There are certain elements of personalized learning that all teachers, in all schools, will eventually do. This is the starting point. It is the vanilla ice cream. But it is up to each individual school to pick a focus area or sauce (they choose from the core four elements of personalized learning - Integrated Digital Content, Small group instruction/ Targeted Instruction, Student reflection and Ownership, Data Driven Decision). From there, individual teachers get to pick their toppings - their instructional models, specific tools, etc. In this model, schools, principals, and teachers are given a voice and a choice, and ideas come from everywhere and everyone. But consistency and rigor remain important and everyone starts with the same flavor.
The swimming pool analogy:
We all have had a first time experience with swimming. At Warren, the swimming pool analogy refers the first time experience with personalized learning. The district supports school by launching personalized learning in cohorts based on their on readiness and interest. Everyone is in the swimming pool of personalized learning, but going at different speeds and depths. Some may be ready for the deep end while others have their toes in the water and are still getting comfortable with the idea of getting in.. The district has a plan to get all of them to the pool, but not all at the same time.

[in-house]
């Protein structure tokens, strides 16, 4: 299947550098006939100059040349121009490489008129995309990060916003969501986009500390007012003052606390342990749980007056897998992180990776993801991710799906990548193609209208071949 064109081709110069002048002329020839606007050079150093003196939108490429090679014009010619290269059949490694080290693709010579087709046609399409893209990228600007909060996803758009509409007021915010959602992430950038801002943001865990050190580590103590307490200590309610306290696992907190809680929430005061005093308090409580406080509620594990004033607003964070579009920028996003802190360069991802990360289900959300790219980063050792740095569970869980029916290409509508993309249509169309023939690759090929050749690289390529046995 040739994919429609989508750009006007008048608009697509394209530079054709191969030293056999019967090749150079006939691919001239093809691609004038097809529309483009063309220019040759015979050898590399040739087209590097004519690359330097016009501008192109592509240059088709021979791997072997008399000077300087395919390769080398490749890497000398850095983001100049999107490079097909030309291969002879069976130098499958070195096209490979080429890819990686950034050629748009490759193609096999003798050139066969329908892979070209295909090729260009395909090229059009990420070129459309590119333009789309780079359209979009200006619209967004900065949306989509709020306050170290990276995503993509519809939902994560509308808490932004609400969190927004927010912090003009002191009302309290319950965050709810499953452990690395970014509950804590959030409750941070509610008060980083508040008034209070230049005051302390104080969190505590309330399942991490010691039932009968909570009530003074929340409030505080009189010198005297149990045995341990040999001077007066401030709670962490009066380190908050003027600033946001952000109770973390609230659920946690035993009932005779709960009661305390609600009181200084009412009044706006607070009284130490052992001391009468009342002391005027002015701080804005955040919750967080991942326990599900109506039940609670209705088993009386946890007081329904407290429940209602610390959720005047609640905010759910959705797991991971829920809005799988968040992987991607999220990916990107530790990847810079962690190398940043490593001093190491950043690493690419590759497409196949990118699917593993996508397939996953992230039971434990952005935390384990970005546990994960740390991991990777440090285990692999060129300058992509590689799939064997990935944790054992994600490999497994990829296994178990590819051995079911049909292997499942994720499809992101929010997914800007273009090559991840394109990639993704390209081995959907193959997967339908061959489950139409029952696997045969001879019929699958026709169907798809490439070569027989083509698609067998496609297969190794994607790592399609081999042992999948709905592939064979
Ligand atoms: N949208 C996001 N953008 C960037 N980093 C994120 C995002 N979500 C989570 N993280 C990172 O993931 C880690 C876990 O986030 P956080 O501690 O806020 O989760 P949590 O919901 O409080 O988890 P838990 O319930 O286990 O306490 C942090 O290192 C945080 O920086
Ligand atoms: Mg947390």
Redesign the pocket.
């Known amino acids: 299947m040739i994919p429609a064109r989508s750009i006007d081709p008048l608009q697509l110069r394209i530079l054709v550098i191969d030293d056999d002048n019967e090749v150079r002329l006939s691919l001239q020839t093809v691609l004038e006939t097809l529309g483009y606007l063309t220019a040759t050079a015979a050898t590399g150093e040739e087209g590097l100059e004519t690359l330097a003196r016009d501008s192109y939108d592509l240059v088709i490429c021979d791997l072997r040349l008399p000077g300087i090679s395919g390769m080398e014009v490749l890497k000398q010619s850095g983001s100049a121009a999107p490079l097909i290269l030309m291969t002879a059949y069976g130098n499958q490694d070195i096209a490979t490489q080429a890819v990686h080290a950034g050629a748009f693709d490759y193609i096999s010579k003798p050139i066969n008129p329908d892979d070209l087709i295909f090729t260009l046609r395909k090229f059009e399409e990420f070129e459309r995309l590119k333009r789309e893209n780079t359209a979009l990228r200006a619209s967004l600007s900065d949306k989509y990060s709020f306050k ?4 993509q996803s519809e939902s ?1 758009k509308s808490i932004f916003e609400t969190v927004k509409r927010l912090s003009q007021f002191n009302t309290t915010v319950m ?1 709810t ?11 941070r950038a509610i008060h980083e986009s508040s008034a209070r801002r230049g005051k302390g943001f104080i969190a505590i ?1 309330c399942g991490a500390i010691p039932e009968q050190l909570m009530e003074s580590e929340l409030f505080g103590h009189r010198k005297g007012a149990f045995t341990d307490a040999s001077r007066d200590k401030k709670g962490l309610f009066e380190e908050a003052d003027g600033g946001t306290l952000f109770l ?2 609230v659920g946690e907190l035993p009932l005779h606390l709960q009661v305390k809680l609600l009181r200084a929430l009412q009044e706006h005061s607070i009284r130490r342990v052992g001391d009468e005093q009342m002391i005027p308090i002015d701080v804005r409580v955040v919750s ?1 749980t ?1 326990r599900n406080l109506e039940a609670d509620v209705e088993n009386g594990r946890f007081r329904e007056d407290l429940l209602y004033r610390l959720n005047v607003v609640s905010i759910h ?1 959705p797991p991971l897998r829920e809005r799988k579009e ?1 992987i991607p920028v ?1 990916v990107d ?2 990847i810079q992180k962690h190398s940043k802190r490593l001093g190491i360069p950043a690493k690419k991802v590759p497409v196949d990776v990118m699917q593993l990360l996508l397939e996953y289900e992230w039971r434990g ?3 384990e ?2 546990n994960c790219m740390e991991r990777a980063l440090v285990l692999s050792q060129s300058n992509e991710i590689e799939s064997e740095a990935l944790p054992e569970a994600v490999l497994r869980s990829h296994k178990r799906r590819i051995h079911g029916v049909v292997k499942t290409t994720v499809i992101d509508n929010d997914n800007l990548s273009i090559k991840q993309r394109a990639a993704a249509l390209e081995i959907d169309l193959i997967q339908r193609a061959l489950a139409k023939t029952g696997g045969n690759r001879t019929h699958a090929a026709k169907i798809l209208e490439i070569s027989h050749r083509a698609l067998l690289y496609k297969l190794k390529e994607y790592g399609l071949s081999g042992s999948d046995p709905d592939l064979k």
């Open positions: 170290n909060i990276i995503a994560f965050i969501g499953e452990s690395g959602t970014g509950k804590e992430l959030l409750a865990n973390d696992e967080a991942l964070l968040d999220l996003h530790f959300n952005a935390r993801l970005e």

- Cohort 1 was ready to dive into the deep and was willing to go fast and learn first. They were the early adopters, eager to take part of the process (diving in the deep end of the pool). They didn’t need a live vest.
- Cohort 2: These schools wanted to dive in the personalized learning pool but they are a bit more cautious and careful. They want to see what have others have done learn vicariously from their experience.
- Cohort 3: These are schools getting their feet wet slowly. They are starting shallow but eventually they will be swimming along with everyone else.
The soap bar analogy:
You might wonder why in a school district, administrators would hand soap bars to teachers like they did in Warren.
The soap bar was a way for the leadership team to tell schools to embrace the messiness philosophy, to try new things, and to be comfortable with getting a little dirty, and failing the first time around.